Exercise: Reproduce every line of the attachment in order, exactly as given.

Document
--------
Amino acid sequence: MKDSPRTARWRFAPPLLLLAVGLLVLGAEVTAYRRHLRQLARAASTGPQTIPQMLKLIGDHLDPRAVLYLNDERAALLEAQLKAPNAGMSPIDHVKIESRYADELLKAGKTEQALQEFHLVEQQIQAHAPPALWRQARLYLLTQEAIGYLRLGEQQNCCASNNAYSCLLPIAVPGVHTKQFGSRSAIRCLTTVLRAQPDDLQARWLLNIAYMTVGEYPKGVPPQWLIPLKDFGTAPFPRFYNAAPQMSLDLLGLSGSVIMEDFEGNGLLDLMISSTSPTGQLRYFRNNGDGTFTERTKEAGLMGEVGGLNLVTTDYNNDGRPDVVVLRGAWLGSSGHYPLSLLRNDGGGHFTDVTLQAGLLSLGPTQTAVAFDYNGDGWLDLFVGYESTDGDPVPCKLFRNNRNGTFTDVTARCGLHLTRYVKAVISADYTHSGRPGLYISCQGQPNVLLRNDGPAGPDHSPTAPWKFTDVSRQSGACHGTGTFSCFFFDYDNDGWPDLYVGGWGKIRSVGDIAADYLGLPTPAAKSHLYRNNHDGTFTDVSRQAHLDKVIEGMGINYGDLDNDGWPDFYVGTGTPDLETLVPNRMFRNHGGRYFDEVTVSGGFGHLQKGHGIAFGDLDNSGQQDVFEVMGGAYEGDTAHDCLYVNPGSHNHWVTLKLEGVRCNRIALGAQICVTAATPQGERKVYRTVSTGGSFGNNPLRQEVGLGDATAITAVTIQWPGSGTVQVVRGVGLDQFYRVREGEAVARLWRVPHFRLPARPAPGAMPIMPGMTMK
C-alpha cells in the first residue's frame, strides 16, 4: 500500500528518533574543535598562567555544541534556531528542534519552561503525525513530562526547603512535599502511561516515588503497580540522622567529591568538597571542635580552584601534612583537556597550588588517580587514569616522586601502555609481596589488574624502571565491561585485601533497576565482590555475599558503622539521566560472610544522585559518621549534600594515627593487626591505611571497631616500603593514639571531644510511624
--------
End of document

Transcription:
Amino acid sequence: MKDSPRTARWRFAPPLLLLAVGLLVLGAEVTAYRRHLRQLARAASTGPQTIPQMLKLIGDHLDPRAVLYLNDERAALLEAQLKAPNAGMSPIDHVKIESRYADELLKAGKTEQALQEFHLVEQQIQAHAPPALWRQARLYLLTQEAIGYLRLGEQQNCCASNNAYSCLLPIAVPGVHTKQFGSRSAIRCLTTVLRAQPDDLQARWLLNIAYMTVGEYPKGVPPQWLIPLKDFGTAPFPRFYNAAPQMSLDLLGLSGSVIMEDFEGNGLLDLMISSTSPTGQLRYFRNNGDGTFTERTKEAGLMGEVGGLNLVTTDYNNDGRPDVVVLRGAWLGSSGHYPLSLLRNDGGGHFTDVTLQAGLLSLGPTQTAVAFDYNGDGWLDLFVGYESTDGDPVPCKLFRNNRNGTFTDVTARCGLHLTRYVKAVISADYTHSGRPGLYISCQGQPNVLLRNDGPAGPDHSPTAPWKFTDVSRQSGACHGTGTFSCFFFDYDNDGWPDLYVGGWGKIRSVGDIAADYLGLPTPAAKSHLYRNNHDGTFTDVSRQAHLDKVIEGMGINYGDLDNDGWPDFYVGTGTPDLETLVPNRMFRNHGGRYFDEVTVSGGFGHLQKGHGIAFGDLDNSGQQDVFEVMGGAYEGDTAHDCLYVNPGSHNHWVTLKLEGVRCNRIALGAQICVTAATPQGERKVYRTVSTGGSFGNNPLRQEVGLGDATAITAVTIQWPGSGTVQVVRGVGLDQFYRVREGEAVARLWRVPHFRLPARPAPGAMPIMPGMTMK
C-alpha cells in the first residue's frame, strides 16, 4: 500500500528518533574543535598562567555544541534556531528542534519552561503525525513530562526547603512535599502511561516515588503497580540522622567529591568538597571542635580552584601534612583537556597550588588517580587514569616522586601502555609481596589488574624502571565491561585485601533497576565482590555475599558503622539521566560472610544522585559518621549534600594515627593487626591505611571497631616500603593514639571531644510511624